While reading this book, I experienced highs and lows. Some of the themes may or may not engage you. However, Olive will linger in your memory as an enduring  woman who comes to realize a deeper understanding of herself.

Bet you don't forget her.....      

Monday, June 24, 2013

The Kitchen House

The Kitchen House by Kathleen Grissom

Kathryn Stockett wrote an immensely popular novel called The Help, later adapted into an Academy Award winning film. For those of you who enjoyed either the book or the movie, Grissom's debut novel will keep you captivated.  Find the answers to the gut-wrenching prologue... 

Lavinia is a seven-year-old orphan from Ireland who arrives as an indentured slave on the steps of a tobacco plantation. It is determined that she will work and live under the direction of the slaves of the kitchen house not far from the spacious, elegant big house. Belle, the master's illegitimate daughter, accepts her role as caregiver and mentor to the frightened child. As time passes, Lavinia bonds with her new adopted family, even though she is constantly aware of her  own skin color. It becomes increasingly difficult for her to straddle both worlds, especially when the opium-addicted master's wife Martha, expects Lavinia to spend countless hours  at the big house bringing comfort and consolation. Enter Marshall, the troubled  master's son who harbors a childhood memory destined to destroy him.    

Many, many strong characters fill each chapter of this book and you will delight in the revelations each one brings to the story. Belle and Lavinia alternate as narrators throughout the book. It is a story of friendship, loyalty, deep, hidden secrets and misunderstandings, tragic endings, and hope. Lavinia  is forced to make difficult decisions as the story of slavery is expertly examined. At the heart of it all-Belle and Lavinia's  profound love and devotion regardless of race or class.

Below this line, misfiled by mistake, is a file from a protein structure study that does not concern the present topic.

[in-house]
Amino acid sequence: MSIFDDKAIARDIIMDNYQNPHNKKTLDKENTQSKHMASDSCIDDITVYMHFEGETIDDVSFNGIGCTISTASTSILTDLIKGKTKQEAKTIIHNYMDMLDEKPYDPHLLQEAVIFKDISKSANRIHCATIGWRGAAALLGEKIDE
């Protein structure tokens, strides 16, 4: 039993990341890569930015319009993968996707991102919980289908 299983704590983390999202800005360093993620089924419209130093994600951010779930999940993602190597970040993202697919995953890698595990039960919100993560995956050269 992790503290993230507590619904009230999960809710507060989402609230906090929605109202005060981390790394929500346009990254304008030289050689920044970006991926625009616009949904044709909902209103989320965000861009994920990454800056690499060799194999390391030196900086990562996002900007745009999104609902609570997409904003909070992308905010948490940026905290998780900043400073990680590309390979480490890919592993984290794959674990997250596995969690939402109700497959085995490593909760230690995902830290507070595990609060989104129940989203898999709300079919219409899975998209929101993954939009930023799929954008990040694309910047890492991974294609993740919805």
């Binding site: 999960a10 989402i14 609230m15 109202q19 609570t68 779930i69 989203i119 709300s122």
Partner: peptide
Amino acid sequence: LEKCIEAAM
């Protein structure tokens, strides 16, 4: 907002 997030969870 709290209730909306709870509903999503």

Friday, June 21, 2013

The Kings and Queens of Roam

The Kings and Queens of Roam by Daniel Wallace

Whimsical folklore. Fantasy. A fairy tale. Some readers may stop reading here, but let's continue!  Always reaching for new authors and a new literary experience, I chose this book because I  heard of Wallace's previous works, namely Big Fish, which is being made into a movie by Tim Burton. Certainly not the genre I usually read, yet I found myself drawn to the story of two sisters consumed by grief and loneliness.

Helen and Rachel McCallister live in a town called Roam. They are the granddaughters of patriarch, Elijah, who founded this strange and unusual spot. Once a thriving hub of silk production, it has become a dying village where its residents long to escape.  Helen is bitter, older, conniving, and from all accounts, a truly ugly woman. Her sister, Rachel is kind, soft-spoken, a vision of loveliness-and blind. When their parents die in a tragic, unexpected accident, Helen realizes that Rachel is now dependent on her for everything. Unfortunately, Helen seizes the opportunity to convince Rachel that the world is a dark, dangerous place.  Rachel truly believes she cannot survive without Helen. And so the cruel lies begin until that one monumental moment when Rachel learns the truth, and Helen realizes that her tender, helpless sister is perhaps not so helpless after all.